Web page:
What is Corrosion Under Insulation (CUI)?

By Nick Schmoyer, Vice President and Technical Director at Inspectioneering. December 8, 2014

Corrosion Under InsulationCorrosion Under Insulation (CUI) is an insidious damage mechanism that, despite being incredibly well-known and understood, still makes up an inordinately large percentage of global maintenance expenditures. CUI has been extensively researched and studied and because of that, there exist several good resources on it, and we at Inspectioneering are dedicated to bringing those resources to you.

A Brief Introduction to CUI

CUI is corrosion that, simply put, occurs under insulated equipment. In more technical terms, CUI is any type of corrosion that occurs due to moisture buildup on the external surface of insulated equipment. While any type of corrosion can occur under insulation the most common types of CUI are galvanic, chloride, acidic, or alkaline corrosion.

If untreated, CUI can lead to the shut down a process unit or even an entire facility. The reason it is so widespread, despite being so well-known, is because that by and large, no matter what precautions are taken, water will eventually get into the insulation.

According to API 570 there are also specific susceptible temperature ranges under which CUI may occur. For carbon steel piping systems, the range is between 25 and 250°F, particularly where operating temperatures cause frequent or continuous condensation and re-evaporation of atmospheric moisture. Carbon steel piping systems that normally operate in-service above 250°F but that are in intermittent service are also at risk.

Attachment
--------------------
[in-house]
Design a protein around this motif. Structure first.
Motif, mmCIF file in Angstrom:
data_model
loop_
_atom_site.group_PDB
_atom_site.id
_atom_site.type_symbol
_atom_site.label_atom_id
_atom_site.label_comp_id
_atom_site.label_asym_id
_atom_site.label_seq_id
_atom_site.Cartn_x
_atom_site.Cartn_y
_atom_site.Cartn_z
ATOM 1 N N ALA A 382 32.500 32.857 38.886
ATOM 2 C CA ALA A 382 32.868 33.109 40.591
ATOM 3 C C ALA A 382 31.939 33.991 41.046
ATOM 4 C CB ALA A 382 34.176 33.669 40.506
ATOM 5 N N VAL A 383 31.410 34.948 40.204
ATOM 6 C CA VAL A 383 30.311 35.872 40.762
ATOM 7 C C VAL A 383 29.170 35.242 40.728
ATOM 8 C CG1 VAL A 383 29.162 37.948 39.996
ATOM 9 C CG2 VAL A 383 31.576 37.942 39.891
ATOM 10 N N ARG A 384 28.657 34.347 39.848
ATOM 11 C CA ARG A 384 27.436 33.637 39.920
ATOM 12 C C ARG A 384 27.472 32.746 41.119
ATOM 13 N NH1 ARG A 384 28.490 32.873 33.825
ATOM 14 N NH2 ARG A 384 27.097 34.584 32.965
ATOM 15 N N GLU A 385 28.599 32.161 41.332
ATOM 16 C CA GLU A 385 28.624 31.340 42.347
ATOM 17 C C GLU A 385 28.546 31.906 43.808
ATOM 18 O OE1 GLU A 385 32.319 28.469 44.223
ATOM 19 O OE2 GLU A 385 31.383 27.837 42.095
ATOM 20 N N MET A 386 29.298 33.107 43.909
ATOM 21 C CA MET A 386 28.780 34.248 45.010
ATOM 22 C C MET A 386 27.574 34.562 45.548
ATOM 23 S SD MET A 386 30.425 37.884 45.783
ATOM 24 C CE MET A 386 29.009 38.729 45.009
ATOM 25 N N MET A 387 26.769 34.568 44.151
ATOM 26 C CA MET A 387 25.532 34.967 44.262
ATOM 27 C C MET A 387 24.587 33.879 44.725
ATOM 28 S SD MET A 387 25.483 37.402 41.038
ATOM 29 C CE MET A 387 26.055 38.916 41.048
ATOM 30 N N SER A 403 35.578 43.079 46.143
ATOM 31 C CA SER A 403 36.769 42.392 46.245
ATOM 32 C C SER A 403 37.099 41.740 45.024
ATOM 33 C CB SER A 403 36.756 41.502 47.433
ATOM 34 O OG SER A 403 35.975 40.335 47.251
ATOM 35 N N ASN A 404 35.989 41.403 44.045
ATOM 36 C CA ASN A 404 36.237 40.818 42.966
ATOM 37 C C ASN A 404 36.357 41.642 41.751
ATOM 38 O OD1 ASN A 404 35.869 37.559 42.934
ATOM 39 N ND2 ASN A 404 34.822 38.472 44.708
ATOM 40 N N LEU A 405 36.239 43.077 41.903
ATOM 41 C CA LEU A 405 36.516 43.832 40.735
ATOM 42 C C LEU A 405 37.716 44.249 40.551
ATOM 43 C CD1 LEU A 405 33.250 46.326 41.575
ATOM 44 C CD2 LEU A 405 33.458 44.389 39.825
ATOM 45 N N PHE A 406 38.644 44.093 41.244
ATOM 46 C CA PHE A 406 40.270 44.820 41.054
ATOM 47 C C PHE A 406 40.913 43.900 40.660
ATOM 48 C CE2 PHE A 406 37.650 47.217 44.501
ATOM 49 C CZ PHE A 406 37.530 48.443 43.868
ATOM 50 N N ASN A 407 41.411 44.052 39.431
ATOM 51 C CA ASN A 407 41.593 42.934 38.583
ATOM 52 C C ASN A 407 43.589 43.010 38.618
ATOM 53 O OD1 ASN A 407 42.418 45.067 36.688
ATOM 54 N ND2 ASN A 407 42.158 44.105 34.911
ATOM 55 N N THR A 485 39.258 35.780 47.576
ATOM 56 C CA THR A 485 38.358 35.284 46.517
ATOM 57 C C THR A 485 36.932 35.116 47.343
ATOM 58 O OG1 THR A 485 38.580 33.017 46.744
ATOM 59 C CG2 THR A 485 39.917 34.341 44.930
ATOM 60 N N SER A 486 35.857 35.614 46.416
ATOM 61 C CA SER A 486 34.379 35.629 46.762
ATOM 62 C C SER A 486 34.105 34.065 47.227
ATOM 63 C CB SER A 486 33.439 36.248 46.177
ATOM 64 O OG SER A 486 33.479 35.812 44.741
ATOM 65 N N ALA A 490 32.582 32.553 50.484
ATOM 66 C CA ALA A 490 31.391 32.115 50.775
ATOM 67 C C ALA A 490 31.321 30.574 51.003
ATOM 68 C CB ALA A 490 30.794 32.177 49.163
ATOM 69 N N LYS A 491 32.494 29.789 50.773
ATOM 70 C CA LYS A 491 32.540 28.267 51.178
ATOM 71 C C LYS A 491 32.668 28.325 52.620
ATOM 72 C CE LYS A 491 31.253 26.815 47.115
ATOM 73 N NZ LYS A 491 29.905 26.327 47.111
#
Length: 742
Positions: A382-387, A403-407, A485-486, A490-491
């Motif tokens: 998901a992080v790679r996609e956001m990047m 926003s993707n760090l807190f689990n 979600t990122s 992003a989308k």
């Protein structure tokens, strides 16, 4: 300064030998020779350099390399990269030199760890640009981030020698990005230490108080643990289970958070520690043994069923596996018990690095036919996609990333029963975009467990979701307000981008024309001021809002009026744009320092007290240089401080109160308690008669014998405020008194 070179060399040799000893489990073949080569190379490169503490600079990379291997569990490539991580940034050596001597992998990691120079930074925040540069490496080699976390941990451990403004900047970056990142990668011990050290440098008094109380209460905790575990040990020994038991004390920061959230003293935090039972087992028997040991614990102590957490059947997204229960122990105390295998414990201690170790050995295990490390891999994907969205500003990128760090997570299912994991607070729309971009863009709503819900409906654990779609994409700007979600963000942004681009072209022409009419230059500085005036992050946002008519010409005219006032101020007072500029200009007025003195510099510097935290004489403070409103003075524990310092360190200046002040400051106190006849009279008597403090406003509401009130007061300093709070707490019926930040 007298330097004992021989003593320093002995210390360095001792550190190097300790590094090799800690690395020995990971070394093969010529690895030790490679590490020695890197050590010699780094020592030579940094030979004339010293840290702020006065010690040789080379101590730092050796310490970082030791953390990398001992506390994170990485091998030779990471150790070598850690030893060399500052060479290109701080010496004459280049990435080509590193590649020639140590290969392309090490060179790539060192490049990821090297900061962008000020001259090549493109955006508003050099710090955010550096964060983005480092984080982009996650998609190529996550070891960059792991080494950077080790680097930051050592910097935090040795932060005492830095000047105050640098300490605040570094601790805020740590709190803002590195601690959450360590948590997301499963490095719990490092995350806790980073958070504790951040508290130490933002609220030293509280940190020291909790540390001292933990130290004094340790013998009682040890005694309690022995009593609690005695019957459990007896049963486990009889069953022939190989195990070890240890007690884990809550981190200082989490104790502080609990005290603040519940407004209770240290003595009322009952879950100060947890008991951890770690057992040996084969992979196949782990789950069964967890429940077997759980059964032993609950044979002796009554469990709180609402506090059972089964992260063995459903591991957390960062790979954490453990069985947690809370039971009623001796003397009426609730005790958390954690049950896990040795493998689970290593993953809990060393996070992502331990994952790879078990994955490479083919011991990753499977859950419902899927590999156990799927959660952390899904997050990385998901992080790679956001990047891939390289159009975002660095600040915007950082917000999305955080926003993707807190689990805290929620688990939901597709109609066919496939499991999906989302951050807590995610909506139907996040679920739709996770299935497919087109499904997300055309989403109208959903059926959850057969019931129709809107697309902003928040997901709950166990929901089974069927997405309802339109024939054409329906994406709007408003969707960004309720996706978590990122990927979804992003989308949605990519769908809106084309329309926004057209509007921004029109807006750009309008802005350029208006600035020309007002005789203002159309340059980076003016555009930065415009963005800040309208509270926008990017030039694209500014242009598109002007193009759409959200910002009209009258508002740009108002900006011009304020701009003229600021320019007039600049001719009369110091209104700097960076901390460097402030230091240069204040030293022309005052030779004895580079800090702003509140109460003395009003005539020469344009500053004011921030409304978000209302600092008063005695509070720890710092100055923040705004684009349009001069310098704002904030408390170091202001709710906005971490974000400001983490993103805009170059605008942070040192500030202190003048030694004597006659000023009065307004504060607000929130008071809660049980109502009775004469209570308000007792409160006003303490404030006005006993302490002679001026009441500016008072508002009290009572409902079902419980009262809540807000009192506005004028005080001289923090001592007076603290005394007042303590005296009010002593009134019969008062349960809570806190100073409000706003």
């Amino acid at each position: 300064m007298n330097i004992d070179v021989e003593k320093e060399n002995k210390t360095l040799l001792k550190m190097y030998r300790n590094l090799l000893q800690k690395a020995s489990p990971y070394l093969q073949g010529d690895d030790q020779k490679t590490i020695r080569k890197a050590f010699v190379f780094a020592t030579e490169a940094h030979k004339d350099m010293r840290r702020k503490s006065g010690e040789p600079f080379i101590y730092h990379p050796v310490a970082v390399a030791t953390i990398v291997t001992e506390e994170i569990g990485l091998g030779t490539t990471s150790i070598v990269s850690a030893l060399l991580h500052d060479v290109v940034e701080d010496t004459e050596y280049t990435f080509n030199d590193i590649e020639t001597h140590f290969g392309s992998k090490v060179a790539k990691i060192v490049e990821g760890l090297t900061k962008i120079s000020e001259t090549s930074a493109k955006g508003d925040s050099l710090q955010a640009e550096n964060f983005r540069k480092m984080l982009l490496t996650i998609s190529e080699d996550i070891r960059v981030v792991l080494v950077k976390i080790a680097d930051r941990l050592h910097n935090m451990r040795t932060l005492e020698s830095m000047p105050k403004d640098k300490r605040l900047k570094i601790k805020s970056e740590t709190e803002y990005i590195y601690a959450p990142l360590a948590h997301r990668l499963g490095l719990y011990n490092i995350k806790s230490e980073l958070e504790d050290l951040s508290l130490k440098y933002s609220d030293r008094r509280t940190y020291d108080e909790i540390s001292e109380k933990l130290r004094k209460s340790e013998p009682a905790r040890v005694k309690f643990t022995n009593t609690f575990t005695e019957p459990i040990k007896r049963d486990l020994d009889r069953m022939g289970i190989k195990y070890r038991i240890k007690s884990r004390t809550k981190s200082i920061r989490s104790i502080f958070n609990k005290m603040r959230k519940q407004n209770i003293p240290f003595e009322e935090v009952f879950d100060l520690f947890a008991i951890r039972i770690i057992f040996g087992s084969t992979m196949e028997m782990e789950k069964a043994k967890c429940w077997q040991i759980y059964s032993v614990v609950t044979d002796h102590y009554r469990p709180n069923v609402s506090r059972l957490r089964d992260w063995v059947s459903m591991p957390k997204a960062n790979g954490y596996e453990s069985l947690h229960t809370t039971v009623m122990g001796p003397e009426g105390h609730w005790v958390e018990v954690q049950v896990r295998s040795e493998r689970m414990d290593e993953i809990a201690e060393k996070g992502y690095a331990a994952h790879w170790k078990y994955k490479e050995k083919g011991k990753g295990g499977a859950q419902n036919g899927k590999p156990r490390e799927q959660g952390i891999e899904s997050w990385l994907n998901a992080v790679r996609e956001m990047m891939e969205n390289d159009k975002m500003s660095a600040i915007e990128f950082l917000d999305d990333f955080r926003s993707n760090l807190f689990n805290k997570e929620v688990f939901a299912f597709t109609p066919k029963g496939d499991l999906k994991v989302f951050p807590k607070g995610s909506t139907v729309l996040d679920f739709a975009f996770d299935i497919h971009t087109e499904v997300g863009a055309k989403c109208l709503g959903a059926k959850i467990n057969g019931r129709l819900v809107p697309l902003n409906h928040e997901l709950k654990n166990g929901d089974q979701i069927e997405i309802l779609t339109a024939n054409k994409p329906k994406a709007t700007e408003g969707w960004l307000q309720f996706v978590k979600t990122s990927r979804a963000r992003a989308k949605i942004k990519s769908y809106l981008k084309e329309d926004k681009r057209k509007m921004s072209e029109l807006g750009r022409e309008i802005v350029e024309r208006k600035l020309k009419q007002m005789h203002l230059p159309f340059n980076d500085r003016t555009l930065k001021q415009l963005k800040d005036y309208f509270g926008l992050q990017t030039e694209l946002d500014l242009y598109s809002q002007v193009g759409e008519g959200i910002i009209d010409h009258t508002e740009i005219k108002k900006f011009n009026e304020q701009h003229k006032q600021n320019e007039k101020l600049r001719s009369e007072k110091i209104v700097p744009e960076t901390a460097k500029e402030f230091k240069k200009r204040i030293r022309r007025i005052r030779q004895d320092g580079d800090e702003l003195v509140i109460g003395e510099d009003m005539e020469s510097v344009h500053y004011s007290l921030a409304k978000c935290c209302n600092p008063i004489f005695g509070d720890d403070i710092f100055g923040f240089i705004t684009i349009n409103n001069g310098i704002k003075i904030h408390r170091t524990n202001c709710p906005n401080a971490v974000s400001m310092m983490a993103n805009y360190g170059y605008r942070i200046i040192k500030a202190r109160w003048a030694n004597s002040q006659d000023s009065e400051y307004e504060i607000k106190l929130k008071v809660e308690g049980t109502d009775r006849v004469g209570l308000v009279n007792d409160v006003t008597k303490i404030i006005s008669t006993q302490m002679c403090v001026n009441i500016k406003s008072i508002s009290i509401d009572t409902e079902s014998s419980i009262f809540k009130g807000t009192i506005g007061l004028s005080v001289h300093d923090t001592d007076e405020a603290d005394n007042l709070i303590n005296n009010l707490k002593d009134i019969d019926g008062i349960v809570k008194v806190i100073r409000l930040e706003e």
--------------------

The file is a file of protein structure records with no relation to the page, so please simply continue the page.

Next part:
Some CUI Resources

Of course, the above is only the "tip of the iceberg" when it comes to CUI. If you're still interested in learning more about this topic, you can refer to some of the following resources:

  • Inspectioneering's CUI topic page contains links to articles that have been published in Inspectioneering Journal and on with even more information about CUI along with a list of standards and best practices relating to the mechanism.
  • The Inspectioneering LinkedIn Group is a great place for industry professionals to discuss asset integrity topics such as CUI. It's free to join and a great resource for anyone in the industry.
  • API RP 583 is a standard that covers the design, maintenance, inspection, and mitigation practices involving CUI.

And finally, I'd recommend that you download a copy of The 101 Essential Elements in a Pressure Equipment Integrity Management Program by John Reynolds. Not only does it cover corrosion under insulation programs, but it also looks at 100 other elements of a world-class mechanical integrity program. Click the button below to download the resource now.

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